Chuck just left, the guy who provides the annual check-up services on our heating and cooling systems. Today it was for the central air conditioning unit.
In mid-summer 2002, we purchased and moved into a two-story farmhouse (built in 1938) in central Virginia, which only had two window units to cool nearly 1800 square feet of living space. That August and September gave us just enough summer to make us realize something had to change. We were glad to invest in the installation of a central AC system before the summer of 2003 came long.
Like most homeowners, most of what we know about the workings of a house are born out of necessity. We knew that our AC unit required Freon to do the work of cooling our house. But Chuck informed us a few years ago that if ever our unit needed to have Freon added, we would have to buy a whole new unit, because of the phase-out of the use of Freon. Ever since we received this news, we’ve been more and more grateful for every year it continues to successfully cool our dwelling space. And we tend to hover over Chuck as he assesses the annual situation.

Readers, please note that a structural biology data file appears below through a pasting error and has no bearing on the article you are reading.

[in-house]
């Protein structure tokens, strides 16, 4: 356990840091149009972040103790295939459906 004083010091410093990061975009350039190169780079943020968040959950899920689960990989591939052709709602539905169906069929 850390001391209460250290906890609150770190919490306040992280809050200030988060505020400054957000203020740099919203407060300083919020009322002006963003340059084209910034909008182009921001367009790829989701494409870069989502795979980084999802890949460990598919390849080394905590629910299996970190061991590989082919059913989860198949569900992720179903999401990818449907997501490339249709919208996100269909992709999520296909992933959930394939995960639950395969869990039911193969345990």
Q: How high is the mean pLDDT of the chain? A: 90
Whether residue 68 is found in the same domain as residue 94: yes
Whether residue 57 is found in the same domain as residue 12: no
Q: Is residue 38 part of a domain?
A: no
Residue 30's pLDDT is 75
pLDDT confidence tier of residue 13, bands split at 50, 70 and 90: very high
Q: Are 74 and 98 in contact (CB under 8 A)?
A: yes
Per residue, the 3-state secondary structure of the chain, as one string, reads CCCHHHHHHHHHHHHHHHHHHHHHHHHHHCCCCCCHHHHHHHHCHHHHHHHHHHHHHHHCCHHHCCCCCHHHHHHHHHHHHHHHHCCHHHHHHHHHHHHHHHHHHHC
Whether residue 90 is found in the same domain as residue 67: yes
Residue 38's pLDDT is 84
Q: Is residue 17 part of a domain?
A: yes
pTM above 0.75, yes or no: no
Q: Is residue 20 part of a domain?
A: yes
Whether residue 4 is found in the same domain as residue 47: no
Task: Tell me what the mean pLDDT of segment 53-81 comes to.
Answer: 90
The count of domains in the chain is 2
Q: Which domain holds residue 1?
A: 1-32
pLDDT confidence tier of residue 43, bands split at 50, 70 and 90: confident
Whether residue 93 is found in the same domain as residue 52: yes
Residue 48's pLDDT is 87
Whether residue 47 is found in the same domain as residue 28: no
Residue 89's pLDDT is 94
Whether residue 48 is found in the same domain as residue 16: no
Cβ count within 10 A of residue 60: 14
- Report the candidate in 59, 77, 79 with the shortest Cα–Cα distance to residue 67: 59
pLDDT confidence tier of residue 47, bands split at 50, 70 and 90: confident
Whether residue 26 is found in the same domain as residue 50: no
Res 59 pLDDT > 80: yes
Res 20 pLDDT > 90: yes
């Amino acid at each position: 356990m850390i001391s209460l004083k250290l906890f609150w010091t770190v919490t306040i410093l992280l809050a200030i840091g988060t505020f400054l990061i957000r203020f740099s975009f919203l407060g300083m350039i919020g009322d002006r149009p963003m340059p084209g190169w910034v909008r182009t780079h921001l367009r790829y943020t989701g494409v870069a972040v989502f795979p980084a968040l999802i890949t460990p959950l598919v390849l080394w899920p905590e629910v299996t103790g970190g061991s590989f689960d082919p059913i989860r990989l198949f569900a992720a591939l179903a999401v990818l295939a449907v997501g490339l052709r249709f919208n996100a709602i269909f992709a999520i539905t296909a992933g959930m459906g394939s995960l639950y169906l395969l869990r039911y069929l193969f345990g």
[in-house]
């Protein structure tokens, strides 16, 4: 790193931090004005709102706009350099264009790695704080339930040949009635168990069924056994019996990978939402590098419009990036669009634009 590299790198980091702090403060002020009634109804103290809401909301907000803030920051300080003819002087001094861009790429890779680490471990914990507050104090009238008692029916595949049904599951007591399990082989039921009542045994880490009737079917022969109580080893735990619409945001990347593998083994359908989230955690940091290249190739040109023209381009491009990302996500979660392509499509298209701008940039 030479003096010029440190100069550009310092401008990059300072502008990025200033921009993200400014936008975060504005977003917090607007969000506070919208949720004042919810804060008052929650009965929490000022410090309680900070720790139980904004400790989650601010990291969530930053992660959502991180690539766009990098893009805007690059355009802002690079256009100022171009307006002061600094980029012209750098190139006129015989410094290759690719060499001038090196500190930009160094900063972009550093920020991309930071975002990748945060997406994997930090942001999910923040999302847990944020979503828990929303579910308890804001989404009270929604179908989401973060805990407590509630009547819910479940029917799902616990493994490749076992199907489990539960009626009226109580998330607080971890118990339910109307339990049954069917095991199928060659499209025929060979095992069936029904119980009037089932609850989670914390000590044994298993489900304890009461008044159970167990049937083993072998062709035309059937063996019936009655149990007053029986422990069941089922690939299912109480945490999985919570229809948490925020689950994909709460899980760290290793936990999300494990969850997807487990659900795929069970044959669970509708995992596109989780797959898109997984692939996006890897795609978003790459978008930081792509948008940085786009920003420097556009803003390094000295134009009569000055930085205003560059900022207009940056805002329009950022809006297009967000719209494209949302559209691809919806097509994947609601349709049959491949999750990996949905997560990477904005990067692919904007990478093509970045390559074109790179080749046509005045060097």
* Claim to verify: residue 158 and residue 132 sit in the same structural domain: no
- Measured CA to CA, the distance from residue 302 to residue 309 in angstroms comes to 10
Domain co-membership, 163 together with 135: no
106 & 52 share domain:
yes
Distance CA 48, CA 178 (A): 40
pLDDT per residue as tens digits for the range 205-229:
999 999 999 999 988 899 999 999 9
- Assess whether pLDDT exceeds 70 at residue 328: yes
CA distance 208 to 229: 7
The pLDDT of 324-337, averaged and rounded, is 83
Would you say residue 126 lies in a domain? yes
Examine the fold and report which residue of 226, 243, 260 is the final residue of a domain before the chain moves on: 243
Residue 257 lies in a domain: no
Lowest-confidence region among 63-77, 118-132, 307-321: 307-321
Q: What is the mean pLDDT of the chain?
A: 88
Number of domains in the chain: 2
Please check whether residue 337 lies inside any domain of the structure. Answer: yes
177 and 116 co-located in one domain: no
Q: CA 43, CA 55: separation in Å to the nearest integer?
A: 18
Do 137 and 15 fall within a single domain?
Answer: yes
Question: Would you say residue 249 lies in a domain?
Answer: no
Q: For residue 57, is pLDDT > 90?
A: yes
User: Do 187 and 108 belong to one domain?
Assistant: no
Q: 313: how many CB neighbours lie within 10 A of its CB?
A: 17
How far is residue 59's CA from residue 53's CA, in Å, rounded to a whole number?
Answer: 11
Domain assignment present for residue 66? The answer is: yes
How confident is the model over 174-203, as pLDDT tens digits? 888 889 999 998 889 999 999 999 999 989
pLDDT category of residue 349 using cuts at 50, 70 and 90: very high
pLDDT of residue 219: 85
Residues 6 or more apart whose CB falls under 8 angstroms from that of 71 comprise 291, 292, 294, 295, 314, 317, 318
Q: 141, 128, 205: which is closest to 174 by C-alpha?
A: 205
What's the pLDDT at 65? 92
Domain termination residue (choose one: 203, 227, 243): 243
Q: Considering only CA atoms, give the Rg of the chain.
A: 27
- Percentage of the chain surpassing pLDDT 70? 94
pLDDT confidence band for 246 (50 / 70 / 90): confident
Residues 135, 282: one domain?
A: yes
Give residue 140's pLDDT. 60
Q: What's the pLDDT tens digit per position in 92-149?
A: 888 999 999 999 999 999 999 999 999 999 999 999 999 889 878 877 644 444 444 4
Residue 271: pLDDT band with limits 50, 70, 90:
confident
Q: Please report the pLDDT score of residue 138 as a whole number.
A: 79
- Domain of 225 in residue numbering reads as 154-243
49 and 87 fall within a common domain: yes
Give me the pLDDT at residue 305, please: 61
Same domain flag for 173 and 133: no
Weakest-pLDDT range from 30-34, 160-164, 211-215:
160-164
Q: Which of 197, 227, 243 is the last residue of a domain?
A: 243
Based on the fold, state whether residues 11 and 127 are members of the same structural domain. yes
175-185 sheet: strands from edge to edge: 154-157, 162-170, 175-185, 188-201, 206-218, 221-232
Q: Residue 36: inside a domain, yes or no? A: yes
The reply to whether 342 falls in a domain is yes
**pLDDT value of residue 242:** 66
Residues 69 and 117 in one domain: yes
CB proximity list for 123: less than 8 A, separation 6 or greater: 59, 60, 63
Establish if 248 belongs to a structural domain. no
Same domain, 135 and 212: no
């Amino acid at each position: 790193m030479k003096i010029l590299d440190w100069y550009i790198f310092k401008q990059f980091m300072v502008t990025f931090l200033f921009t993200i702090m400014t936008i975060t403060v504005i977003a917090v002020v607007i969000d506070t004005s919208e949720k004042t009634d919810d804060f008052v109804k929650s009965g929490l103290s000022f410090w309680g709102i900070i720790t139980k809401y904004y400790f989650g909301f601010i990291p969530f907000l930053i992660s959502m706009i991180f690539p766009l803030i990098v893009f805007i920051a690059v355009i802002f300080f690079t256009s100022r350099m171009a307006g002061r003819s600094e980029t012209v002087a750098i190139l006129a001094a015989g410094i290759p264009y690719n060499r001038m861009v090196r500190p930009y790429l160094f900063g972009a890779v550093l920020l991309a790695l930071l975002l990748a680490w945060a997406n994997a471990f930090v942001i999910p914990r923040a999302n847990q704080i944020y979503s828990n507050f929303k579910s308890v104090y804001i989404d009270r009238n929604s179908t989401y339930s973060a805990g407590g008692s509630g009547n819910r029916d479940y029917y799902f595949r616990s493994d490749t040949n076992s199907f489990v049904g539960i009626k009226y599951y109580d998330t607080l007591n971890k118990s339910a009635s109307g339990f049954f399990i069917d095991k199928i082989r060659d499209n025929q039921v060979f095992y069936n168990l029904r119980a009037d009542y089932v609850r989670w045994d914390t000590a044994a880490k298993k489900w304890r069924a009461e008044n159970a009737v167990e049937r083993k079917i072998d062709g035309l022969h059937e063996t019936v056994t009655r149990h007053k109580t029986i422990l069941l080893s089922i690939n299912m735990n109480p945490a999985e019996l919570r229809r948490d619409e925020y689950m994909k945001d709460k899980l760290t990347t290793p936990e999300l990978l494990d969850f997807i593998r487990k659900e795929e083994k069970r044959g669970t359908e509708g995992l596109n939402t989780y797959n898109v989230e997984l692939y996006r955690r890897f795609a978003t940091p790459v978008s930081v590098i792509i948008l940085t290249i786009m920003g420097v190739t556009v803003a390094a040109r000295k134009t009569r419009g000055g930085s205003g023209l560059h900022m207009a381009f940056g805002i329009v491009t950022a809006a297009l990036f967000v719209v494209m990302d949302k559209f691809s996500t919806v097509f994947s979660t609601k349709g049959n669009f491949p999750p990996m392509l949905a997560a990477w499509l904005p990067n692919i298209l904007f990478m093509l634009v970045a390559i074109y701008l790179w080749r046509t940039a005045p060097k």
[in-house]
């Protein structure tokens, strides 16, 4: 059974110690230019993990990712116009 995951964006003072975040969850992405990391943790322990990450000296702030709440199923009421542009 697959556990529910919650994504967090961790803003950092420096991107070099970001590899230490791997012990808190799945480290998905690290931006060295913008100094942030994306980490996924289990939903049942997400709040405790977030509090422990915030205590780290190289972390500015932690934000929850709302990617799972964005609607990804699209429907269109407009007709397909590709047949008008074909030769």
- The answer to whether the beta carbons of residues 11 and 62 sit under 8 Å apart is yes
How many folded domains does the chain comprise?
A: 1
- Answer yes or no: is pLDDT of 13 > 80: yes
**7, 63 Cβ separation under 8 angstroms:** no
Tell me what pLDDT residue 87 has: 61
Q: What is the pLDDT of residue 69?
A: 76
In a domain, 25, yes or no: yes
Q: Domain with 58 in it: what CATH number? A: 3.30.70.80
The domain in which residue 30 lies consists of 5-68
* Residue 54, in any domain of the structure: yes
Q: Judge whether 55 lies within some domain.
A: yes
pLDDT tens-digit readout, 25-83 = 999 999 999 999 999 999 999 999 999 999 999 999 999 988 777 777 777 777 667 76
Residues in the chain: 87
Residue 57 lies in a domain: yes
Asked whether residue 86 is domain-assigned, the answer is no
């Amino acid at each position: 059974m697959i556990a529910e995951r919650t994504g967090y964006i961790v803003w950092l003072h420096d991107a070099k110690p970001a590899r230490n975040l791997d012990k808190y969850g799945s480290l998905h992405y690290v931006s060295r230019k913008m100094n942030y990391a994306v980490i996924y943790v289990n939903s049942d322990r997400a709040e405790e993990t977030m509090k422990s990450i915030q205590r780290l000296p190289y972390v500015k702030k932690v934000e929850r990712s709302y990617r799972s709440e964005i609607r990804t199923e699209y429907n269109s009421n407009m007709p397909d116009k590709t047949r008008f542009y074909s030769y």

Described in the Popol Vuh, the Quiché Mayan book of creation, are multiple attempts by the creators to create humans who are sufficient in capacity and awareness, enough to satisfy the creators. One of those attempts resulted in the humans failing to remember and remain grateful for where they came from and what was provided to them. This led to their downfall and destruction, brought upon them not only by the creators, but also by the humans’ animals, their grinding stones and pots and pans, and the trees and rocks and caves surrounding their homes. “We have provided you with all you need, and yet you ignore us and cause us pain!” their collective cries conveyed. “Now, we return the pain to you.” Because these people had no compassion or thought for all that gave them a comfortable life, they were destroyed.
“So, what’s the story on the AC this year?” I asked Chuck. “Is she running low on Freon? Are we nearing the end?”
“Nope,” he replied. “She’s hummin’ along at full strength, doin’ just fine. In fact, she’s runnin’ better than an AC unit her age should be runnin’!”
With that news, I went right to over to her and patted and hugged her and said, “Thank you!”
Come September, Chuck will be back to look at our furnace, which is older than our AC unit. Let the hug-fest continue.